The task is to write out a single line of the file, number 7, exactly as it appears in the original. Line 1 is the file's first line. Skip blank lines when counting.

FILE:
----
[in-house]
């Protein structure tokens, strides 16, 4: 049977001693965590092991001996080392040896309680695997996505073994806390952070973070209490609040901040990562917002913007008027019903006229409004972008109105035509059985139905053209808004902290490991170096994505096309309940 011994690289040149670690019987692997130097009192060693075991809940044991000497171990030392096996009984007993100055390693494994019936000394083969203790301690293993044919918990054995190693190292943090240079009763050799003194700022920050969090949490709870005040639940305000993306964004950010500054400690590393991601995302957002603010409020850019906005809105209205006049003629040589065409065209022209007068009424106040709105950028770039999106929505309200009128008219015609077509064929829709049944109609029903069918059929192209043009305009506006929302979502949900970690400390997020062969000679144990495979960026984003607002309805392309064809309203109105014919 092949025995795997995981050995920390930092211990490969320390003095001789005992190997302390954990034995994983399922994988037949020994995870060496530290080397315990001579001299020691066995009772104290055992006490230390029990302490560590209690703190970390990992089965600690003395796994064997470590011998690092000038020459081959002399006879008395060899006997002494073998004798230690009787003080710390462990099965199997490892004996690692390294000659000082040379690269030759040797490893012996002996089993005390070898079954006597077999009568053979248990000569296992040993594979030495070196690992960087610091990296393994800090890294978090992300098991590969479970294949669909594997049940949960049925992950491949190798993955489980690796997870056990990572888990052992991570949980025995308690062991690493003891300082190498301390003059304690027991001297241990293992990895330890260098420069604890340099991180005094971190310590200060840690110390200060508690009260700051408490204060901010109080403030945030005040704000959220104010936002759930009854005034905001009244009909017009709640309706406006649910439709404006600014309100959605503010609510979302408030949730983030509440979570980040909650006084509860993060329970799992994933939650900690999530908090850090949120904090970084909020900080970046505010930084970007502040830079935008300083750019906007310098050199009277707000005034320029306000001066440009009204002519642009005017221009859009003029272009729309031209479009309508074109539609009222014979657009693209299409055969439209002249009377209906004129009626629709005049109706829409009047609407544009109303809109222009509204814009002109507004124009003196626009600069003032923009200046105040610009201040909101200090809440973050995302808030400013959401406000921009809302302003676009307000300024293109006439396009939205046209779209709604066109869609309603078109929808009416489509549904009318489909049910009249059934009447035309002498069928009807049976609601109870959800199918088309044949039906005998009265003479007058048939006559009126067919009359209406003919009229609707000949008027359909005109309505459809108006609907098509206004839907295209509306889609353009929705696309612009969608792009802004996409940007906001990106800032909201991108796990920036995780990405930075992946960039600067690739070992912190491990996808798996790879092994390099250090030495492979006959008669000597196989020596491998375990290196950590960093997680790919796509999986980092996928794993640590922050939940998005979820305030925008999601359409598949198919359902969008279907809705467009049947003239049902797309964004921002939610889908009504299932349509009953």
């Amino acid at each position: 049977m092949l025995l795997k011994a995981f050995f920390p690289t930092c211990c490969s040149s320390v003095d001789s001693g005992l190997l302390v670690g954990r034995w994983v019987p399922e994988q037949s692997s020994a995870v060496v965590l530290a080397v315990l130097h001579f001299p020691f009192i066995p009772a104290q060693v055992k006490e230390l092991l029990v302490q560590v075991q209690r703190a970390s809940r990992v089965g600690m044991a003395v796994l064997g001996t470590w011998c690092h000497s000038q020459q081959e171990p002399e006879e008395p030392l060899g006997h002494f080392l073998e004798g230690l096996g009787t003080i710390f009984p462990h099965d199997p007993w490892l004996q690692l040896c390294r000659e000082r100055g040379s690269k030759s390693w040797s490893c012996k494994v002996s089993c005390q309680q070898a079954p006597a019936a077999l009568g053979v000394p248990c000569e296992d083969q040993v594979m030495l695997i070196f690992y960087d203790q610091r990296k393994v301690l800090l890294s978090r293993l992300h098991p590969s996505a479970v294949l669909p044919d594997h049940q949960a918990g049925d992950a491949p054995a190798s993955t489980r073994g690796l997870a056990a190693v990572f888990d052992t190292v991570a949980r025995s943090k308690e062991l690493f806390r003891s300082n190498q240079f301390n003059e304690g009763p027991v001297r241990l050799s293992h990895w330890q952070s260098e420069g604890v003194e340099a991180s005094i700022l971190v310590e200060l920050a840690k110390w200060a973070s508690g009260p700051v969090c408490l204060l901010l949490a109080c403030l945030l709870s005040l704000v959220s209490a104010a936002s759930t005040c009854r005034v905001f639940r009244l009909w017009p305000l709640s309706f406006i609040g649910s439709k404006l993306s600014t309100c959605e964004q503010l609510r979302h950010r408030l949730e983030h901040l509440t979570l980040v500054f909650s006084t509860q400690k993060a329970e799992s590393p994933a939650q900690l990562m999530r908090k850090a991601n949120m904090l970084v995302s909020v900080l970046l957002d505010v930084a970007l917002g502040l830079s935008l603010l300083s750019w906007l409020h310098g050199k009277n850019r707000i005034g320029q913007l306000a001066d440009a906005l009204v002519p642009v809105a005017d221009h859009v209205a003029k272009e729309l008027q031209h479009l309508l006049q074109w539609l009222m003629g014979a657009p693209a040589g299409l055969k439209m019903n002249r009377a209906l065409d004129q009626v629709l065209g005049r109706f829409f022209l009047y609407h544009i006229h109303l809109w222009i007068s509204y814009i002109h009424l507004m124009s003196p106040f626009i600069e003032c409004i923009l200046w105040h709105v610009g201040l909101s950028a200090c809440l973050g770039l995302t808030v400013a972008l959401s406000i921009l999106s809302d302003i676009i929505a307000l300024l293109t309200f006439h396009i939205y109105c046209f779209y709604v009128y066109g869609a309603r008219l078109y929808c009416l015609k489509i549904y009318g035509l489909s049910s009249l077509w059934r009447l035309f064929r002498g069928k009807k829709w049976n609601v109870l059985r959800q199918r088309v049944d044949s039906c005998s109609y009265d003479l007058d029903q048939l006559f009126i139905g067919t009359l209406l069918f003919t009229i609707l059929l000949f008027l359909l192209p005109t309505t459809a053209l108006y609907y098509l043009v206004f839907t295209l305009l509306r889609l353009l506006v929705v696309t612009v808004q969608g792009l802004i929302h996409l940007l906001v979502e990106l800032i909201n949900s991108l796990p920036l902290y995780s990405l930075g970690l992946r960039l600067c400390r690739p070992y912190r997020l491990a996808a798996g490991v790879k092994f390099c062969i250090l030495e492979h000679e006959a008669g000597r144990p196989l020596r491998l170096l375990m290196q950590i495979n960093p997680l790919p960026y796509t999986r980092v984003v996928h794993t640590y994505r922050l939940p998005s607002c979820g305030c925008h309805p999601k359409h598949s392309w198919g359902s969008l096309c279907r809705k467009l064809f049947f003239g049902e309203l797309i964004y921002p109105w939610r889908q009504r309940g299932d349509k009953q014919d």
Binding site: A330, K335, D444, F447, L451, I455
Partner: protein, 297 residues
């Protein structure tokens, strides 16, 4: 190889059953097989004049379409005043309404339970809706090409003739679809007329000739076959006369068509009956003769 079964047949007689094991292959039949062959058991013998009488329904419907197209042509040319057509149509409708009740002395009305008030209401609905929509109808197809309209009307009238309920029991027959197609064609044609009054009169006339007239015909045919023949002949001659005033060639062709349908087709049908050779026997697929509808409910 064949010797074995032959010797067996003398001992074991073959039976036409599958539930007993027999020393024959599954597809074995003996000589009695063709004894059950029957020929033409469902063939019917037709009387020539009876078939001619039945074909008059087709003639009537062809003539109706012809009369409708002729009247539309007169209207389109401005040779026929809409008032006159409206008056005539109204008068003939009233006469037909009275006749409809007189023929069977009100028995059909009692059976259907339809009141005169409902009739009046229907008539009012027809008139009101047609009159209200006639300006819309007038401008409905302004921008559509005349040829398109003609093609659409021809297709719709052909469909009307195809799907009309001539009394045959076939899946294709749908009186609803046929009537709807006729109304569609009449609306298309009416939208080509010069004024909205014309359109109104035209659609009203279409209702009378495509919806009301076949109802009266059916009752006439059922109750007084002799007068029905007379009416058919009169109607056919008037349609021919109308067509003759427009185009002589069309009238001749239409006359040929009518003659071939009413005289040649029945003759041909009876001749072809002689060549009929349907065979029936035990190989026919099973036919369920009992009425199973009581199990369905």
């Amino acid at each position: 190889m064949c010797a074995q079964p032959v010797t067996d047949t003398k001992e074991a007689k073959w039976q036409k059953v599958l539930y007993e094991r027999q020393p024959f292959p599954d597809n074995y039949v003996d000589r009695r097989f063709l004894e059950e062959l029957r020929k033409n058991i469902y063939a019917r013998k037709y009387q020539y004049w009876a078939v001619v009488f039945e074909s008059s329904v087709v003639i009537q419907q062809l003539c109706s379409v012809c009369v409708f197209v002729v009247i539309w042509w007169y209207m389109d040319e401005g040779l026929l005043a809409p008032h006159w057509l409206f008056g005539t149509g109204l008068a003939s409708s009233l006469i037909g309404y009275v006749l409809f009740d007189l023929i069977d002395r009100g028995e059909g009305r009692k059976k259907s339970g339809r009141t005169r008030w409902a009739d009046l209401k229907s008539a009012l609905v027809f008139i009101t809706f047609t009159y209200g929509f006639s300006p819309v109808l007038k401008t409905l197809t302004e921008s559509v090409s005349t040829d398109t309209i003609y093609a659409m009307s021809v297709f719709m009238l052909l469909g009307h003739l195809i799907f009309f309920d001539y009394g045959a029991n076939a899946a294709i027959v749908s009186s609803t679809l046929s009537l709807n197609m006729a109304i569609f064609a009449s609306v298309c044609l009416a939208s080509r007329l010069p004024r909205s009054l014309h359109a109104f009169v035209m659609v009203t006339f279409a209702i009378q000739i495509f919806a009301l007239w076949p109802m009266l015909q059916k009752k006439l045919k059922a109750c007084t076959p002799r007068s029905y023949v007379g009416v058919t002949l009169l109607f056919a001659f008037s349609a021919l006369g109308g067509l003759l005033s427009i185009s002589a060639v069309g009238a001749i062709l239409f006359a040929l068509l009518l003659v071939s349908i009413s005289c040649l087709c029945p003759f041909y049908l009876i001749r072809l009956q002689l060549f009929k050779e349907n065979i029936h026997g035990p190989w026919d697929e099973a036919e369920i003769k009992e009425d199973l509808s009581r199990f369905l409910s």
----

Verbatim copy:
């Amino acid at each position: 190889m064949c010797a074995q079964p032959v010797t067996d047949t003398k001992e074991a007689k073959w039976q036409k059953v599958l539930y007993e094991r027999q020393p024959f292959p599954d597809n074995y039949v003996d000589r009695r097989f063709l004894e059950e062959l029957r020929k033409n058991i469902y063939a019917r013998k037709y009387q020539y004049w009876a078939v001619v009488f039945e074909s008059s329904v087709v003639i009537q419907q062809l003539c109706s379409v012809c009369v409708f197209v002729v009247i539309w042509w007169y209207m389109d040319e401005g040779l026929l005043a809409p008032h006159w057509l409206f008056g005539t149509g109204l008068a003939s409708s009233l006469i037909g309404y009275v006749l409809f009740d007189l023929i069977d002395r009100g028995e059909g009305r009692k059976k259907s339970g339809r009141t005169r008030w409902a009739d009046l209401k229907s008539a009012l609905v027809f008139i009101t809706f047609t009159y209200g929509f006639s300006p819309v109808l007038k401008t409905l197809t302004e921008s559509v090409s005349t040829d398109t309209i003609y093609a659409m009307s021809v297709f719709m009238l052909l469909g009307h003739l195809i799907f009309f309920d001539y009394g045959a029991n076939a899946a294709i027959v749908s009186s609803t679809l046929s009537l709807n197609m006729a109304i569609f064609a009449s609306v298309c044609l009416a939208s080509r007329l010069p004024r909205s009054l014309h359109a109104f009169v035209m659609v009203t006339f279409a209702i009378q000739i495509f919806a009301l007239w076949p109802m009266l015909q059916k009752k006439l045919k059922a109750c007084t076959p002799r007068s029905y023949v007379g009416v058919t002949l009169l109607f056919a001659f008037s349609a021919l006369g109308g067509l003759l005033s427009i185009s002589a060639v069309g009238a001749i062709l239409f006359a040929l068509l009518l003659v071939s349908i009413s005289c040649l087709c029945p003759f041909y049908l009876i001749r072809l009956q002689l060549f009929k050779e349907n065979i029936h026997g035990p190989w026919d697929e099973a036919e369920i003769k009992e009425d199973l509808s009581r199990f369905l409910s």